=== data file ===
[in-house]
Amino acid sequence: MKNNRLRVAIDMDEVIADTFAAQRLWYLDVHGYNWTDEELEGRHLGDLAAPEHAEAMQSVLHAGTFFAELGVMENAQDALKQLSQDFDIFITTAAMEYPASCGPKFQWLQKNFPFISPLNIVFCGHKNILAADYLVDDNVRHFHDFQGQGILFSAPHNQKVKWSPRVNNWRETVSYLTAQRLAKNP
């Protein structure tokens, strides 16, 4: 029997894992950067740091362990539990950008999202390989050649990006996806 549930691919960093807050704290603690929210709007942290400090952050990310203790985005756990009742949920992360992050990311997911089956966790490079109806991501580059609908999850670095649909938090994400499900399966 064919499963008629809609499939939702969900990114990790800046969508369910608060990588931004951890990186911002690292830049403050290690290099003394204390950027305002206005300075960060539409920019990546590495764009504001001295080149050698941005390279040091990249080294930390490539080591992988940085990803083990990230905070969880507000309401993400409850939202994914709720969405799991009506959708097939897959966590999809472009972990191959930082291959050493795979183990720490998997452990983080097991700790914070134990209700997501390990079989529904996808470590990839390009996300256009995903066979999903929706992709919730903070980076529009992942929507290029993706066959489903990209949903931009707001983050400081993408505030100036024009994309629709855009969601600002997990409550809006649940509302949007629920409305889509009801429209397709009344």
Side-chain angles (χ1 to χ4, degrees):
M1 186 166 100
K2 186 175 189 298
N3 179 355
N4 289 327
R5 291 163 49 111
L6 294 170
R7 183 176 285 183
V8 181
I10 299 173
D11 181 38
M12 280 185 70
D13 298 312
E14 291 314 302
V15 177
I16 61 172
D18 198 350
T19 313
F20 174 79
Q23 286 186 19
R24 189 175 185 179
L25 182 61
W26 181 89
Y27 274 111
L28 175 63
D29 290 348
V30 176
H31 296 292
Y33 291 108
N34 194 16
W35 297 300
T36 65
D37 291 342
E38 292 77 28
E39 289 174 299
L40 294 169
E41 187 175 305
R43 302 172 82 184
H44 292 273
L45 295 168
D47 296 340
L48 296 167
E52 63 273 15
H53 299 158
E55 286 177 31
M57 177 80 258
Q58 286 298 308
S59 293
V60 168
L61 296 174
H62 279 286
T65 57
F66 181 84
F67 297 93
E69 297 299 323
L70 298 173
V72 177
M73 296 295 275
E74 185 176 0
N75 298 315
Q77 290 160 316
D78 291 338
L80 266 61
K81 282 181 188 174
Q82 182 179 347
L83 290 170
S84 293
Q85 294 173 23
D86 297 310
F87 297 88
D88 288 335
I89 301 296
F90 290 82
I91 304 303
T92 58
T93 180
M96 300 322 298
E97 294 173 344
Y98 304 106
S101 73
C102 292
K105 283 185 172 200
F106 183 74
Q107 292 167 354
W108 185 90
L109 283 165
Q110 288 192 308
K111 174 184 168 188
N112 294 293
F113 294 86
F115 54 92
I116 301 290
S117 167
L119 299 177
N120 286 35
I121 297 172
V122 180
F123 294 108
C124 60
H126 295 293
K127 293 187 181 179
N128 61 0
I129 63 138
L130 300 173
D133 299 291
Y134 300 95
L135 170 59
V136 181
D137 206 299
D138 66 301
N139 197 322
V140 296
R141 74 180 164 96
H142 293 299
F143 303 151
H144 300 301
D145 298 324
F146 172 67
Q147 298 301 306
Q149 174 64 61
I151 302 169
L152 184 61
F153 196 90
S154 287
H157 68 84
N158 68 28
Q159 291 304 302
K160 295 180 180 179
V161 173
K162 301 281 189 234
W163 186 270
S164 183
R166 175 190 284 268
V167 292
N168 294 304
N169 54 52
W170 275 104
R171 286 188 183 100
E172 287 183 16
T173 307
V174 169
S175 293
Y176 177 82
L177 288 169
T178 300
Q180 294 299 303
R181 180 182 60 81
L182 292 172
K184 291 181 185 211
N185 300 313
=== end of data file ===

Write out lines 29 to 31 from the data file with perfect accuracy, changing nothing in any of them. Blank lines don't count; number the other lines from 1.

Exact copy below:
D29 290 348
V30 176
H31 296 292